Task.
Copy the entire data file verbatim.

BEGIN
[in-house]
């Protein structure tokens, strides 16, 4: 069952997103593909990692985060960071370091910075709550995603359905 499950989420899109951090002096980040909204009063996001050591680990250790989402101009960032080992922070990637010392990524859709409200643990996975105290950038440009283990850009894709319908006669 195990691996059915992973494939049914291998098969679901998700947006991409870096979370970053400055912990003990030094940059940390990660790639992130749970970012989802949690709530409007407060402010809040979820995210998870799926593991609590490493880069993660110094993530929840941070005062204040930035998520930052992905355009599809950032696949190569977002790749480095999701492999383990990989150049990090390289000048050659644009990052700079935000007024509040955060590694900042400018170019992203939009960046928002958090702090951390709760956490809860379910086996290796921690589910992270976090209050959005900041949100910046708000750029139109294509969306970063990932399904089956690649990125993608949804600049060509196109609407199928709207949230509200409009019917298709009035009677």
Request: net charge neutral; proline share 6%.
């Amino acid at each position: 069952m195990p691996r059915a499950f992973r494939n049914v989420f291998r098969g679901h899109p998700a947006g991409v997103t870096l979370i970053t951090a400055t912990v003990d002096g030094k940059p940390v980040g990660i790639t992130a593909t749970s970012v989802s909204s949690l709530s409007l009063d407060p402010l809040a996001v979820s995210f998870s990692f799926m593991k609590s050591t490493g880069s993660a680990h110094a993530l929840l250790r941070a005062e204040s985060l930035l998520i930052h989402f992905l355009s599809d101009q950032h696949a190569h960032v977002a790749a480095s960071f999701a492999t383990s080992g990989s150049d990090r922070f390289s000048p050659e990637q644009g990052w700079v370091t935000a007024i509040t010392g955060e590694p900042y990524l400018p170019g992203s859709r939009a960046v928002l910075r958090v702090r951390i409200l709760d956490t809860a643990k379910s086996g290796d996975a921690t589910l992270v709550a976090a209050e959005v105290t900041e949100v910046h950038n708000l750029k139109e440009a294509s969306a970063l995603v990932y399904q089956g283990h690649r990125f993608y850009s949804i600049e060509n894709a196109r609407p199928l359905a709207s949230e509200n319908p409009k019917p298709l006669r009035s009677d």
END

[in-house]
């Protein structure tokens, strides 16, 4: 069952997103593909990692985060960071370091910075709550995603359905 499950989420899109951090002096980040909204009063996001050591680990250790989402101009960032080992922070990637010392990524859709409200643990996975105290950038440009283990850009894709319908006669 195990691996059915992973494939049914291998098969679901998700947006991409870096979370970053400055912990003990030094940059940390990660790639992130749970970012989802949690709530409007407060402010809040979820995210998870799926593991609590490493880069993660110094993530929840941070005062204040930035998520930052992905355009599809950032696949190569977002790749480095999701492999383990990989150049990090390289000048050659644009990052700079935000007024509040955060590694900042400018170019992203939009960046928002958090702090951390709760956490809860379910086996290796921690589910992270976090209050959005900041949100910046708000750029139109294509969306970063990932399904089956690649990125993608949804600049060509196109609407199928709207949230509200409009019917298709009035009677």
Request: net charge neutral; proline share 6%.
């Amino acid at each position: 069952m195990p691996r059915a499950f992973r494939n049914v989420f291998r098969g679901h899109p998700a947006g991409v997103t870096l979370i970053t951090a400055t912990v003990d002096g030094k940059p940390v980040g990660i790639t992130a593909t749970s970012v989802s909204s949690l709530s409007l009063d407060p402010l809040a996001v979820s995210f998870s990692f799926m593991k609590s050591t490493g880069s993660a680990h110094a993530l929840l250790r941070a005062e204040s985060l930035l998520i930052h989402f992905l355009s599809d101009q950032h696949a190569h960032v977002a790749a480095s960071f999701a492999t383990s080992g990989s150049d990090r922070f390289s000048p050659e990637q644009g990052w700079v370091t935000a007024i509040t010392g955060e590694p900042y990524l400018p170019g992203s859709r939009a960046v928002l910075r958090v702090r951390i409200l709760d956490t809860a643990k379910s086996g290796d996975a921690t589910l992270v709550a976090a209050e959005v105290t900041e949100v910046h950038n708000l750029k139109e440009a294509s969306a970063l995603v990932y399904q089956g283990h690649r990125f993608y850009s949804i600049e060509n894709a196109r609407p199928l359905a709207s949230e509200n319908p409009k019917p298709l006669r009035s009677d």